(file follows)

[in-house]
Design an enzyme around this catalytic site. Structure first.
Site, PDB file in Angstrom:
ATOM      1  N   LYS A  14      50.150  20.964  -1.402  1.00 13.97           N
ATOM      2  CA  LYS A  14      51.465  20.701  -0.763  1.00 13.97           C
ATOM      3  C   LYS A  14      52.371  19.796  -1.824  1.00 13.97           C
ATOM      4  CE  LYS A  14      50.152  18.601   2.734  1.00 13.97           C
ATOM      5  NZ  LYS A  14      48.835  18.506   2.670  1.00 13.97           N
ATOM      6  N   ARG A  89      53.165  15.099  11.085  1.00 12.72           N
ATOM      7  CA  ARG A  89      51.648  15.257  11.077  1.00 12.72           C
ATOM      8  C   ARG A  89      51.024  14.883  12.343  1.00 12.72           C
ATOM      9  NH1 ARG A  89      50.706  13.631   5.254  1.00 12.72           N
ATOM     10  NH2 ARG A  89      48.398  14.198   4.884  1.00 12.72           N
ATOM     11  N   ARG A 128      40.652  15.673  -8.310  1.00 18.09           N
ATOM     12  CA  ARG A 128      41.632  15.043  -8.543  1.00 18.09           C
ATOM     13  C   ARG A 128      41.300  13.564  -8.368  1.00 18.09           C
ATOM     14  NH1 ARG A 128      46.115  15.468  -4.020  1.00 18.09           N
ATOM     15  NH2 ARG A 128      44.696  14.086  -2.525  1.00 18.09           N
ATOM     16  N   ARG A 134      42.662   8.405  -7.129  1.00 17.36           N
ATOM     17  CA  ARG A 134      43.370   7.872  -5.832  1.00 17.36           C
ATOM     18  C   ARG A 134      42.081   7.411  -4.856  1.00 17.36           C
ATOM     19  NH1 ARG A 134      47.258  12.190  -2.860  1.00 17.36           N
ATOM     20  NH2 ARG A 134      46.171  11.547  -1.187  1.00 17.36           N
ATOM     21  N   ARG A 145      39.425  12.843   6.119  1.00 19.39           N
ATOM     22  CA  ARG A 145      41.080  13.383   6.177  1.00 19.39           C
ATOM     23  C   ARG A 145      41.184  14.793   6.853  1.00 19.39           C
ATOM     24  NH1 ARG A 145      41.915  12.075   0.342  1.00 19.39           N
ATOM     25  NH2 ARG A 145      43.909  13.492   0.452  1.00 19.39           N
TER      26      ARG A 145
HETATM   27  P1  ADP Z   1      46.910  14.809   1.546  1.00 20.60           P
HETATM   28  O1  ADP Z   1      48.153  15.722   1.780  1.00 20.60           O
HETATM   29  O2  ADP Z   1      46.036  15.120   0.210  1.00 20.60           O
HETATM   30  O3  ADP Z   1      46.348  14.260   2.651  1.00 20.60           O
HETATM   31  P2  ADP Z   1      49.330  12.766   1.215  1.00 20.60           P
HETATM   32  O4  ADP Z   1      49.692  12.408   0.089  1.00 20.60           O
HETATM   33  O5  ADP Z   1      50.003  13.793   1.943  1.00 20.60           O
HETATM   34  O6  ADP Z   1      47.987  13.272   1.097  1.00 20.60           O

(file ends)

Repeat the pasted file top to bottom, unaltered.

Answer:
[in-house]
Design an enzyme around this catalytic site. Structure first.
Site, PDB file in Angstrom:
ATOM      1  N   LYS A  14      50.150  20.964  -1.402  1.00 13.97           N
ATOM      2  CA  LYS A  14      51.465  20.701  -0.763  1.00 13.97           C
ATOM      3  C   LYS A  14      52.371  19.796  -1.824  1.00 13.97           C
ATOM      4  CE  LYS A  14      50.152  18.601   2.734  1.00 13.97           C
ATOM      5  NZ  LYS A  14      48.835  18.506   2.670  1.00 13.97           N
ATOM      6  N   ARG A  89      53.165  15.099  11.085  1.00 12.72           N
ATOM      7  CA  ARG A  89      51.648  15.257  11.077  1.00 12.72           C
ATOM      8  C   ARG A  89      51.024  14.883  12.343  1.00 12.72           C
ATOM      9  NH1 ARG A  89      50.706  13.631   5.254  1.00 12.72           N
ATOM     10  NH2 ARG A  89      48.398  14.198   4.884  1.00 12.72           N
ATOM     11  N   ARG A 128      40.652  15.673  -8.310  1.00 18.09           N
ATOM     12  CA  ARG A 128      41.632  15.043  -8.543  1.00 18.09           C
ATOM     13  C   ARG A 128      41.300  13.564  -8.368  1.00 18.09           C
ATOM     14  NH1 ARG A 128      46.115  15.468  -4.020  1.00 18.09           N
ATOM     15  NH2 ARG A 128      44.696  14.086  -2.525  1.00 18.09           N
ATOM     16  N   ARG A 134      42.662   8.405  -7.129  1.00 17.36           N
ATOM     17  CA  ARG A 134      43.370   7.872  -5.832  1.00 17.36           C
ATOM     18  C   ARG A 134      42.081   7.411  -4.856  1.00 17.36           C
ATOM     19  NH1 ARG A 134      47.258  12.190  -2.860  1.00 17.36           N
ATOM     20  NH2 ARG A 134      46.171  11.547  -1.187  1.00 17.36           N
ATOM     21  N   ARG A 145      39.425  12.843   6.119  1.00 19.39           N
ATOM     22  CA  ARG A 145      41.080  13.383   6.177  1.00 19.39           C
ATOM     23  C   ARG A 145      41.184  14.793   6.853  1.00 19.39           C
ATOM     24  NH1 ARG A 145      41.915  12.075   0.342  1.00 19.39           N
ATOM     25  NH2 ARG A 145      43.909  13.492   0.452  1.00 19.39           N
TER      26      ARG A 145
HETATM   27  P1  ADP Z   1      46.910  14.809   1.546  1.00 20.60           P
HETATM   28  O1  ADP Z   1      48.153  15.722   1.780  1.00 20.60           O
HETATM   29  O2  ADP Z   1      46.036  15.120   0.210  1.00 20.60           O
HETATM   30  O3  ADP Z   1      46.348  14.260   2.651  1.00 20.60           O
HETATM   31  P2  ADP Z   1      49.330  12.766   1.215  1.00 20.60           P
HETATM   32  O4  ADP Z   1      49.692  12.408   0.089  1.00 20.60           O
HETATM   33  O5  ADP Z   1      50.003  13.793   1.943  1.00 20.60           O
HETATM   34  O6  ADP Z   1      47.987  13.272   1.097  1.00 20.60           O